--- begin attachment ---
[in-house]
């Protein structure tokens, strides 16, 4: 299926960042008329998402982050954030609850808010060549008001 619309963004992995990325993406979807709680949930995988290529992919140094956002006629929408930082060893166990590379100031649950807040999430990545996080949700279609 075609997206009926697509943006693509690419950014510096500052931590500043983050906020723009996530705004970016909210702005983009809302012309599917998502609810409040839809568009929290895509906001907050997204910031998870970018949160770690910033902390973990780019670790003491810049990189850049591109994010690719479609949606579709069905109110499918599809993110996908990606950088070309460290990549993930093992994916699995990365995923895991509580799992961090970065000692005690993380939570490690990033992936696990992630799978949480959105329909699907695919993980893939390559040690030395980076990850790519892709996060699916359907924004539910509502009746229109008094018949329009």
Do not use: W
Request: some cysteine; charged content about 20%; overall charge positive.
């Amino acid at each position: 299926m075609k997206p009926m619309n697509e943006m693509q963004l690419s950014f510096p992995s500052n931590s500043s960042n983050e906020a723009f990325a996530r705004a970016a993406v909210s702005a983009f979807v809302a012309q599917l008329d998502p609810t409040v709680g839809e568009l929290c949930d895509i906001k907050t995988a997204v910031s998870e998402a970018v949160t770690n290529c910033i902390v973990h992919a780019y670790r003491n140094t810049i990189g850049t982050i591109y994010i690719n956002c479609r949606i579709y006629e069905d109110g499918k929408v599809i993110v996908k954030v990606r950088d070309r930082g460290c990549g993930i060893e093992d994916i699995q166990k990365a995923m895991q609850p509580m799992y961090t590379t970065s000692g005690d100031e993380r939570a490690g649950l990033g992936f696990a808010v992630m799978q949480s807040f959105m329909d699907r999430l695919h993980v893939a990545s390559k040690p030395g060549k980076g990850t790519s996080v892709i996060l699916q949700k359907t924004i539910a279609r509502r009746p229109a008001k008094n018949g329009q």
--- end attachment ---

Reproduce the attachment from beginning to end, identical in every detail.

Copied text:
[in-house]
């Protein structure tokens, strides 16, 4: 299926960042008329998402982050954030609850808010060549008001 619309963004992995990325993406979807709680949930995988290529992919140094956002006629929408930082060893166990590379100031649950807040999430990545996080949700279609 075609997206009926697509943006693509690419950014510096500052931590500043983050906020723009996530705004970016909210702005983009809302012309599917998502609810409040839809568009929290895509906001907050997204910031998870970018949160770690910033902390973990780019670790003491810049990189850049591109994010690719479609949606579709069905109110499918599809993110996908990606950088070309460290990549993930093992994916699995990365995923895991509580799992961090970065000692005690993380939570490690990033992936696990992630799978949480959105329909699907695919993980893939390559040690030395980076990850790519892709996060699916359907924004539910509502009746229109008094018949329009």
Do not use: W
Request: some cysteine; charged content about 20%; overall charge positive.
């Amino acid at each position: 299926m075609k997206p009926m619309n697509e943006m693509q963004l690419s950014f510096p992995s500052n931590s500043s960042n983050e906020a723009f990325a996530r705004a970016a993406v909210s702005a983009f979807v809302a012309q599917l008329d998502p609810t409040v709680g839809e568009l929290c949930d895509i906001k907050t995988a997204v910031s998870e998402a970018v949160t770690n290529c910033i902390v973990h992919a780019y670790r003491n140094t810049i990189g850049t982050i591109y994010i690719n956002c479609r949606i579709y006629e069905d109110g499918k929408v599809i993110v996908k954030v990606r950088d070309r930082g460290c990549g993930i060893e093992d994916i699995q166990k990365a995923m895991q609850p509580m799992y961090t590379t970065s000692g005690d100031e993380r939570a490690g649950l990033g992936f696990a808010v992630m799978q949480s807040f959105m329909d699907r999430l695919h993980v893939a990545s390559k040690p030395g060549k980076g990850t790519s996080v892709i996060l699916q949700k359907t924004i539910a279609r509502r009746p229109a008001k008094n018949g329009q």